It was dirty tonight, Saltalamacchia said. He was probably the best Ive seen him so far. He was controlling it well and even threw a couple of curveballs, as well, that struck some guys out.

I didn't know he can kind of throw that knuckleball wherever he wants it. I didn't know that. Hopefully Im going to start talking to him and see if he can hit my glove and make sure I dont have to do anything. Like against Yunel Escobar . . . Escobar was seeing the ball, handling the ball well, so his third at-bat we decided to try and throw as far out of the way as we could . . . Escobar didnt take them and then Wakefield threw a fastball and popped him out. So its impressive that he can throw those pitches and put them where he wants them.

With the bullpen pitching a combined 11 23 innings over the last two games, Wakefield wanted to be sure he got deep into this game.

Its very satisfying, he said. I knew I had to go deep in the game today even though we kind of had some backup with right-hander Scott Atchison getting called up today when Jon Lester went on the disabled list. But the bullpens been taxed pretty heavily the last couple days. Its something that as a starting pitcher you take a lot of pride in, to get deep in the game and preserve those guys for the next series.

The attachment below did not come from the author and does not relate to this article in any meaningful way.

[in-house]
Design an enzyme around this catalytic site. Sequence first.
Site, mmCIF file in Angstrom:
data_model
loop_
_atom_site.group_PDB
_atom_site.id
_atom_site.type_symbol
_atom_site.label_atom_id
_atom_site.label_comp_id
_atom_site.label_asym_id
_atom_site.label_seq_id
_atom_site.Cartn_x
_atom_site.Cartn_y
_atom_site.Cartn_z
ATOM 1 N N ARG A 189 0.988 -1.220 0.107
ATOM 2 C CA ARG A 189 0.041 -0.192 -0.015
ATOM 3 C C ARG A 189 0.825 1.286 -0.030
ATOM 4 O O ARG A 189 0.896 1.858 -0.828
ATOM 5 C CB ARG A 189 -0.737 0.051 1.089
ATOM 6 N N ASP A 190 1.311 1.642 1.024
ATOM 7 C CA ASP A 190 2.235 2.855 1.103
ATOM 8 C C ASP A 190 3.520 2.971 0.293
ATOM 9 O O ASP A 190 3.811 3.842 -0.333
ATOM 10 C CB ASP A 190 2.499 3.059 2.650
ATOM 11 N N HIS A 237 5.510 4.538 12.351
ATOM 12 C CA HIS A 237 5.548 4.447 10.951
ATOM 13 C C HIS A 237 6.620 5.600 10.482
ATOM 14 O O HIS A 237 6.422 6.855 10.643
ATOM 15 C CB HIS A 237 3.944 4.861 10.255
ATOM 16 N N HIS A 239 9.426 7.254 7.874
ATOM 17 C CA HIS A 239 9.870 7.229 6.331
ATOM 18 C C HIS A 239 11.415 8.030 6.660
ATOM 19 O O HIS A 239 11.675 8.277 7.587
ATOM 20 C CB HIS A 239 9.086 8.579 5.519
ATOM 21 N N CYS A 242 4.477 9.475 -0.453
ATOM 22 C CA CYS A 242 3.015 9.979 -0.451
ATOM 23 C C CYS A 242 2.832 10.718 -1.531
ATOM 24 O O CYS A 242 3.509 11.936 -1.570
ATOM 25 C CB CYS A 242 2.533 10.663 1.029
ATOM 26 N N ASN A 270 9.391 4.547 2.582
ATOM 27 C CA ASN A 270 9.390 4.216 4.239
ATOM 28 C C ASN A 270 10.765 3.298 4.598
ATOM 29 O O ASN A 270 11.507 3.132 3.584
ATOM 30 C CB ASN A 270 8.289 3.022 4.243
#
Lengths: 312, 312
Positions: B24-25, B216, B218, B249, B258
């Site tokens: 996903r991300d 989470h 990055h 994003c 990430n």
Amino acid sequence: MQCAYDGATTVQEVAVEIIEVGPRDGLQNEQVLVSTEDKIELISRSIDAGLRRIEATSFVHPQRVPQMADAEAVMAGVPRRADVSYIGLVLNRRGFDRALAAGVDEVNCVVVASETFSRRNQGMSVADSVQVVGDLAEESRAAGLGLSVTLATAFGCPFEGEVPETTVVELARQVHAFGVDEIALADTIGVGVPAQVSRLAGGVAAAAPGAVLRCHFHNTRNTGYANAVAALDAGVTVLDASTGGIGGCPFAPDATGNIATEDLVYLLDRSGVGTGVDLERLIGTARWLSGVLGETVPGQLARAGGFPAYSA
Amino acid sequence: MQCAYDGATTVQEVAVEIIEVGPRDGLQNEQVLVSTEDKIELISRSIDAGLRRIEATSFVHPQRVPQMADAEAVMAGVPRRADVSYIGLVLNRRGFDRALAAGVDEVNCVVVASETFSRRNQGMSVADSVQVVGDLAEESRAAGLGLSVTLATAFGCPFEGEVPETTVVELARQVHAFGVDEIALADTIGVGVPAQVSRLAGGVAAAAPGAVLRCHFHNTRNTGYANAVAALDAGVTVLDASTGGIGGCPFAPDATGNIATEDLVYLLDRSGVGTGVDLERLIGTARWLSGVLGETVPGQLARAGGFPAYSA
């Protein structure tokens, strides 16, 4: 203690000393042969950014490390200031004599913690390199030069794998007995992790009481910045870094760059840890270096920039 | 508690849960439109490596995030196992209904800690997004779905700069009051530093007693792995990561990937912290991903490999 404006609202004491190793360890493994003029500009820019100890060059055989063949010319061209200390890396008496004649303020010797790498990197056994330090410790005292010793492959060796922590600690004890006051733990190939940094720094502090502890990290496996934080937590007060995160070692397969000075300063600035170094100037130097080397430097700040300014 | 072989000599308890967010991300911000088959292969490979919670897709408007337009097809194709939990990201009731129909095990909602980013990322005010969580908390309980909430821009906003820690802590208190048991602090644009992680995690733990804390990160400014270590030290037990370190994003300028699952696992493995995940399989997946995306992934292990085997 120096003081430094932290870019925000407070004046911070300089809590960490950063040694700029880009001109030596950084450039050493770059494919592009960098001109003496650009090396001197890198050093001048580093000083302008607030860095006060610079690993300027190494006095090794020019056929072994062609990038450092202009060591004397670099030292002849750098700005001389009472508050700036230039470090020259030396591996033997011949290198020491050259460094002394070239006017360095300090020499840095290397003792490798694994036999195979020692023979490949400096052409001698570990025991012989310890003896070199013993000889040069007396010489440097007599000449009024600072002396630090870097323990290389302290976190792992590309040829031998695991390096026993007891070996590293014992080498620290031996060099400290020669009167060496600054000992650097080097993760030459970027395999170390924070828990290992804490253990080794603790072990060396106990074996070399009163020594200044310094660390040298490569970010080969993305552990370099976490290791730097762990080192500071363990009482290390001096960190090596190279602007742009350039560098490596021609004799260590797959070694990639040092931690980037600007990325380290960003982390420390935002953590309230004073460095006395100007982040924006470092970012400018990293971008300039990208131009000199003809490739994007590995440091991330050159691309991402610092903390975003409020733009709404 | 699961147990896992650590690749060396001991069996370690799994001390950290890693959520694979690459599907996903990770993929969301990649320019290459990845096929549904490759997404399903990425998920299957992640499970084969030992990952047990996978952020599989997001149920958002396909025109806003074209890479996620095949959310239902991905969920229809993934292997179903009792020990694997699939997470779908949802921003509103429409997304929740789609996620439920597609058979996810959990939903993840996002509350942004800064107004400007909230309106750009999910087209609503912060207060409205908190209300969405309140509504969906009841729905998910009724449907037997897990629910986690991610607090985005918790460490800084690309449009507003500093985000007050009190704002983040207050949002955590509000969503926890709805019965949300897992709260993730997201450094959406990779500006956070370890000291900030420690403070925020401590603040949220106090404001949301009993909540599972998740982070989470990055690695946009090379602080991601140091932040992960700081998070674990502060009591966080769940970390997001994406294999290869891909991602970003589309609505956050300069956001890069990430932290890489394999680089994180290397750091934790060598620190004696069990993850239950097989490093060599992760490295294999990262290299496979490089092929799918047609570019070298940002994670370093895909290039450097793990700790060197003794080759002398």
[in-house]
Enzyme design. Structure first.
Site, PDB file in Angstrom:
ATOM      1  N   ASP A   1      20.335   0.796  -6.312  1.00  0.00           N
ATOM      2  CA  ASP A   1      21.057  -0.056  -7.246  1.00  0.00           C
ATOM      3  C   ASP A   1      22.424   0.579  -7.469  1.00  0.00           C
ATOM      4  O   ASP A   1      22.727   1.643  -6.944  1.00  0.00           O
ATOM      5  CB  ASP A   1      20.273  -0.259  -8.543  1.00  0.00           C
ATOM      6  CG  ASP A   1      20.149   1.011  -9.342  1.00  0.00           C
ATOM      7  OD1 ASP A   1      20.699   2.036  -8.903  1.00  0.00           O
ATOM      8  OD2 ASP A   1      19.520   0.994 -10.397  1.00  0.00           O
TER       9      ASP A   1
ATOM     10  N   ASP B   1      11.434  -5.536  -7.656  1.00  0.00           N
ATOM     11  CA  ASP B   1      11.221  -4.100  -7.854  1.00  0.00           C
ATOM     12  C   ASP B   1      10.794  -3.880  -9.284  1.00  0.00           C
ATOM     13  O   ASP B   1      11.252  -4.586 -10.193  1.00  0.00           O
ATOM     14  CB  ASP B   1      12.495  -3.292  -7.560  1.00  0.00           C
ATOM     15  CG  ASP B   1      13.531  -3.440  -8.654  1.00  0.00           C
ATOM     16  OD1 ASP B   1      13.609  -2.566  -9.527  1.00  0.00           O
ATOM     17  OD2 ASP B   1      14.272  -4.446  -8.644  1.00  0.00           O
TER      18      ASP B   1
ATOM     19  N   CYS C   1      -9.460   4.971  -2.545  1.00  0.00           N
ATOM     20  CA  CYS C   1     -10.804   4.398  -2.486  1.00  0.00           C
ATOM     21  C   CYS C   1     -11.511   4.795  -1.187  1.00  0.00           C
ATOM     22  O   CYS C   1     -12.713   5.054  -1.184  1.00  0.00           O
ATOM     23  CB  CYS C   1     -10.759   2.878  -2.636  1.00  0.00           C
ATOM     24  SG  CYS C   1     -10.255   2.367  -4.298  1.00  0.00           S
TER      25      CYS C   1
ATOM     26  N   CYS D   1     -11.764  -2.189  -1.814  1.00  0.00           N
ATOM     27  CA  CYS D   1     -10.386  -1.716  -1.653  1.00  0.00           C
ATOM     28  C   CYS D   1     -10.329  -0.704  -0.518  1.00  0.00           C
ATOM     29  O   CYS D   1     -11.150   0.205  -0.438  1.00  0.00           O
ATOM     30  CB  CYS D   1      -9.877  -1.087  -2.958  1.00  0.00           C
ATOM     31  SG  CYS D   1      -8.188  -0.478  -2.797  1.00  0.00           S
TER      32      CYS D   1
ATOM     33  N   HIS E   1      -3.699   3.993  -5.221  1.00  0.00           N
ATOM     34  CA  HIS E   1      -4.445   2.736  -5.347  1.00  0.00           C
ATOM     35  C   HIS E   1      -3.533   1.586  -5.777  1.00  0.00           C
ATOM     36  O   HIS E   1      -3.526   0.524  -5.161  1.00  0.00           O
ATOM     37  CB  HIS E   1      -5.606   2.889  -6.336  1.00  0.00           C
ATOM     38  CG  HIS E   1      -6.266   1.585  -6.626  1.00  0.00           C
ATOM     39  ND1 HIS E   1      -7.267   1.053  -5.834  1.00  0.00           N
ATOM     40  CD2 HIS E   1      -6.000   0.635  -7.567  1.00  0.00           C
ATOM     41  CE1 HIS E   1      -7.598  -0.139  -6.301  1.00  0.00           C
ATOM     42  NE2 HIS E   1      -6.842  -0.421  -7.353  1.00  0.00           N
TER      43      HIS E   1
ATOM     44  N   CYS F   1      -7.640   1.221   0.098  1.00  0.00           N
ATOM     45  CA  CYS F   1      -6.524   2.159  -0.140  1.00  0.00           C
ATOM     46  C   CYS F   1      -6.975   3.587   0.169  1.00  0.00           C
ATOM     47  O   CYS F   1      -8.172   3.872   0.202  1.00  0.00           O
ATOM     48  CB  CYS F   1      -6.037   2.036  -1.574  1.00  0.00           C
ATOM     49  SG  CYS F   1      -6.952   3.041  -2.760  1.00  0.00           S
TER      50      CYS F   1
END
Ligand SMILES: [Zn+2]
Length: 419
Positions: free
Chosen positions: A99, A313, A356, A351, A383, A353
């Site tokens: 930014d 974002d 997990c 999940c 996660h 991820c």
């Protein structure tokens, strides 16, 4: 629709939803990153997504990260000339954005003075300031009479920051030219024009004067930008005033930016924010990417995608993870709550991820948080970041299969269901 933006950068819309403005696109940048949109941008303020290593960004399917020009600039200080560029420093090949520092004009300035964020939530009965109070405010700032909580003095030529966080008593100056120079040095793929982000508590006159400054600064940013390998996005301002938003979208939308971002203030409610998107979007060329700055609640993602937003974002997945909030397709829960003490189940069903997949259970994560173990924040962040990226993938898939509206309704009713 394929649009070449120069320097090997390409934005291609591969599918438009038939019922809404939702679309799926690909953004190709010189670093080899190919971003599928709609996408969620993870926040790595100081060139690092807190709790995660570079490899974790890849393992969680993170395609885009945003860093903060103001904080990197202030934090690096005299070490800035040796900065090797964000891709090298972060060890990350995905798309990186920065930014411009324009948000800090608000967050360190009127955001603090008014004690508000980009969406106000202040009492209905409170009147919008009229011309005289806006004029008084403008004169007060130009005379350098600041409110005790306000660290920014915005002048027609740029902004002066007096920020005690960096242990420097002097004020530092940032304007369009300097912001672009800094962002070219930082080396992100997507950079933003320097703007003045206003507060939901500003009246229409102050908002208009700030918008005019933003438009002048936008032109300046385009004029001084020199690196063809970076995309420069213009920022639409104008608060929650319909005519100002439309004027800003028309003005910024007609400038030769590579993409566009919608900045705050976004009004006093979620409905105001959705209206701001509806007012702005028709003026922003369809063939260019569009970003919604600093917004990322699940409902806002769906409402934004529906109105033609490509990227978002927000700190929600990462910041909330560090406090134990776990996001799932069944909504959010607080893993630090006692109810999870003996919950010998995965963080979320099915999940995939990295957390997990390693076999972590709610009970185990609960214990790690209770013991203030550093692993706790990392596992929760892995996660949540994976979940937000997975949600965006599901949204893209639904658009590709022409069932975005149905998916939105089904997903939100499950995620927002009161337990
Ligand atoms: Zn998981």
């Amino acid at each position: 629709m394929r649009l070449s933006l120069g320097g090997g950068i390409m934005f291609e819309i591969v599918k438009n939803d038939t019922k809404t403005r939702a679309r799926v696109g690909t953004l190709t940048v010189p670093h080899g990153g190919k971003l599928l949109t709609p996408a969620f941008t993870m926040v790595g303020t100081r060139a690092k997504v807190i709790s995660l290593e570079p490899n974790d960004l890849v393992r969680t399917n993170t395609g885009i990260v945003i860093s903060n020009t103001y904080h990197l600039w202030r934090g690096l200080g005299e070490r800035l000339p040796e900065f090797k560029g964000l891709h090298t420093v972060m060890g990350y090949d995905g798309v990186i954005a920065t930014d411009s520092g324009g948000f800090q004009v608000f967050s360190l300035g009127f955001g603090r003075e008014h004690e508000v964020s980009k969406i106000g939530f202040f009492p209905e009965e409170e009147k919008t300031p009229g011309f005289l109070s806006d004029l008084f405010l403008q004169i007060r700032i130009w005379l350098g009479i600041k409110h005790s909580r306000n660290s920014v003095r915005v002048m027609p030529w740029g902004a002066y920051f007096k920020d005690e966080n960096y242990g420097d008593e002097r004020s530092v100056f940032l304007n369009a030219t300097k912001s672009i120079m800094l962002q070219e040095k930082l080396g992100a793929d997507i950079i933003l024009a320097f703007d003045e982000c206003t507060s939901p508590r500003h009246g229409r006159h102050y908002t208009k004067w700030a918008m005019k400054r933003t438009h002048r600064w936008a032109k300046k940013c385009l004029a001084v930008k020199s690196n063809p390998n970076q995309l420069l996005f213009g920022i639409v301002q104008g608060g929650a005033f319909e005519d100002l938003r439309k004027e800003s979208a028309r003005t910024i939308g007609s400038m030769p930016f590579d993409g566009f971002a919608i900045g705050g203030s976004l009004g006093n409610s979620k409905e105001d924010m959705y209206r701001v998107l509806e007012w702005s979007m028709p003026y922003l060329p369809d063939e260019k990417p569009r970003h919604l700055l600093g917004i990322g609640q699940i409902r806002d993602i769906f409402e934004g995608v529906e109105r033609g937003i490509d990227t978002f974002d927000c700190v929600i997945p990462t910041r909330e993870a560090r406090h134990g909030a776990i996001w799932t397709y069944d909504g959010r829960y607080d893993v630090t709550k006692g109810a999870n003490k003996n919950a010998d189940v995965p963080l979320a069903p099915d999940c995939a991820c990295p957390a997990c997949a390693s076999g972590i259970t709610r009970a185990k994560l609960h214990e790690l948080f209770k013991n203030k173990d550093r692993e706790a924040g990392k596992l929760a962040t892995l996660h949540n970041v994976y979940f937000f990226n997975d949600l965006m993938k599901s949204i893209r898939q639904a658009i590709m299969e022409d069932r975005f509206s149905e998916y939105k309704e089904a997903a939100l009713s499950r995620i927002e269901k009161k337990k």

It was Wakefields fifth quality start in 11 starts this season. Overall, he has appeared in 20 games, starting the season in the bullpen and then being pressed into starting duty as other starters went down with injuries.

I take a lot of pride in that, he said. It was my job coming into this year. Im getting an opportunity to try to help us win, whatever capacity that might be in. Very proud of the job Ive done so far.

The job hes done is not lost on those around him.

We told him this spring that thats what his role would be," Francona said. Unlike last year, he had a chance to prepare for that, even mentally. We knew there was going to be starts. Dont know how many. Still probably dont, but its certainly nice to have a guy that can step in like that. Every time he gets a win were thrilled for him, and us.